A tiny telecommunications satellite goes to space


In 2025, a small-scale telecommunications satellite from Switzerland will be flying at 36’000 kilometers above the Earth.

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Switzerland not only has a new astronaut (swiss.tech reported). In 2025, new telecommunications satellites from Switzerland will be flying in geostationary orbit at 36,000 kilometers above the Earth. The next generation of satellites, called HummingSat, has it all: thanks to 3D printing technology, it is up to 10 times smaller than comparable satellites and much faster to build.

The company behind the new satellite is Lausanne-based SWISSto12. According to a press release, SWISSto12 is Switzerland’s fastest growing aerospace enterprise. Its HummingSats will be serving its customer Intelsat, a satellite operator. In recent years, a large number of new businesses and start-ups have emerged in the Swiss aerospace industry. Current figures put the number of companies at around 100.

3D printing technology's many merits

The additive manufacturing process developed by SWISSto12 leverages patented technology. The process starts with an extensive radio frequency, mechanical and thermal design phase in order to optimise the performance, weight of monolithic components and subsystems. Once the optimal design has been determined, the actual 3D printing is carried out with aluminium, titanium and other materials. Then, the 3D printed parts undergo a chemical surface treatment and plating aimed at improving surface roughness and skin conductivity. All parts can withstand the harshest environments and have been subjected to thorough qualification and testing processes to ensure that the materials, coating and paint that are applied can withstand conditions in space.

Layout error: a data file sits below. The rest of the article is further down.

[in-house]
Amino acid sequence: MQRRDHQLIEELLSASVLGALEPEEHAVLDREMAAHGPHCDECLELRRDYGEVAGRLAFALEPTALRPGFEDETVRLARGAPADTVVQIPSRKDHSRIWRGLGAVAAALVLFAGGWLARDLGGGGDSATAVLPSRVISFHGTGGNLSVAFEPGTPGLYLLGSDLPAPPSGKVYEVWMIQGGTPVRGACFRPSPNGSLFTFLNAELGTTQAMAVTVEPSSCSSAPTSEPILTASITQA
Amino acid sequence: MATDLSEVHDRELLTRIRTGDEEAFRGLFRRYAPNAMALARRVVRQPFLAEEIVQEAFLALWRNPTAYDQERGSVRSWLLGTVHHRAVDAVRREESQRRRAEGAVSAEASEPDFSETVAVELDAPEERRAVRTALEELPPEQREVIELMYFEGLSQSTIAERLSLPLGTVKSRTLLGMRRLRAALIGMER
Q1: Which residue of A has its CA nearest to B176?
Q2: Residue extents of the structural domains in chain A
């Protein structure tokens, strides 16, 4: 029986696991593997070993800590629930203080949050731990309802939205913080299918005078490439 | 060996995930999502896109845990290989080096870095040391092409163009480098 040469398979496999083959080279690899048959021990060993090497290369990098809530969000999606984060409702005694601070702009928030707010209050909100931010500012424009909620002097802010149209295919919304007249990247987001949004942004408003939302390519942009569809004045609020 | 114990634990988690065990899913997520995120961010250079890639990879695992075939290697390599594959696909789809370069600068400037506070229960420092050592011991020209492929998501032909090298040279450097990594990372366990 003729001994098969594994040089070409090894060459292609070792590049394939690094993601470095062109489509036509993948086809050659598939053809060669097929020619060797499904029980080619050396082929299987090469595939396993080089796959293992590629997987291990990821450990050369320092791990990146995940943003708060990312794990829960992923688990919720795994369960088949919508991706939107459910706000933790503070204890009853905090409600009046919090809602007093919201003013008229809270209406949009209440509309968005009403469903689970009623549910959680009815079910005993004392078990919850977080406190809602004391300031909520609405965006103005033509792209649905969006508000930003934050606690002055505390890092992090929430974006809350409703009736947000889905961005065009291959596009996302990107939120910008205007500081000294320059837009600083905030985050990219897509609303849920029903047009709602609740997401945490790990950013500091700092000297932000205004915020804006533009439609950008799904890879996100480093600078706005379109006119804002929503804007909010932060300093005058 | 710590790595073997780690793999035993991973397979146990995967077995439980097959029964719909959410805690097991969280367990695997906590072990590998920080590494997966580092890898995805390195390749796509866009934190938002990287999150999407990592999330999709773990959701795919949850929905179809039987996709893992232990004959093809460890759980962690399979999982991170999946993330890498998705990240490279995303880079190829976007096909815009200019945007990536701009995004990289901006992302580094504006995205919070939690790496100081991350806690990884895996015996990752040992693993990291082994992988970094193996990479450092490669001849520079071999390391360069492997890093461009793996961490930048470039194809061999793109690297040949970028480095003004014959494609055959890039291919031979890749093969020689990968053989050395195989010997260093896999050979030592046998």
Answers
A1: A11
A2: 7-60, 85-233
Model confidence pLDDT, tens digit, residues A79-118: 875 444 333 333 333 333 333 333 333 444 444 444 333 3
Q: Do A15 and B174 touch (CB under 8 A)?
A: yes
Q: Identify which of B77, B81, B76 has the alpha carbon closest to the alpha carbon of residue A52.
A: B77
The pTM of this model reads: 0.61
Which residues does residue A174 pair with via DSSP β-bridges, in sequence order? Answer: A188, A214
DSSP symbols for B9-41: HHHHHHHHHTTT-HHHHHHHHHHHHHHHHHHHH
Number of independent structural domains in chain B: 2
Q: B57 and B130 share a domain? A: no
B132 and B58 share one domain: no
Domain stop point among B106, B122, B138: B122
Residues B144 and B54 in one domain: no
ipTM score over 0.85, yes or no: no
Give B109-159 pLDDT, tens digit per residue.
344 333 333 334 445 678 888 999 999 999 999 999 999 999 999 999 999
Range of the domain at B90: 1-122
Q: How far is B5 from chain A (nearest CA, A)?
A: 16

Rideshare missions cut costs

HummingSats are just over one cubic metre in volume. Thanks to this compact size – one tenth the size of conventional satellites in geostationary orbit – they can be put into orbit as part of another mission (a so-called rideshare mission). This significantly lowers Intelsat's satellite-launching costs and offers new possibilities for customisations:

The small size addresses a gap in our fleet strategy, enabling us to be increasingly more targeted at meeting specific customer requirements.

Jean-Luc Froeliger, Senior Vice President for Space Systems at Intelsat

Collaboration with the European Space Agency

The new satellite is in development and construction under a partnership contract between the European Space Agency (ESA) and SWISSto12, signed just a few months ago. ESA is striving to boost commercialisation in the European space industry through its Agenda 2025 by supporting fast, dynamic and agile private space firms. Switzerland is a founding member of ESA and makes long-standing and reliable contributions to space programmes in Europe. Swiss companies have repeatedly helped space missions succeed, one example here being Swiss business Maxon Motors' development of the drives for NASA's Mars robots.

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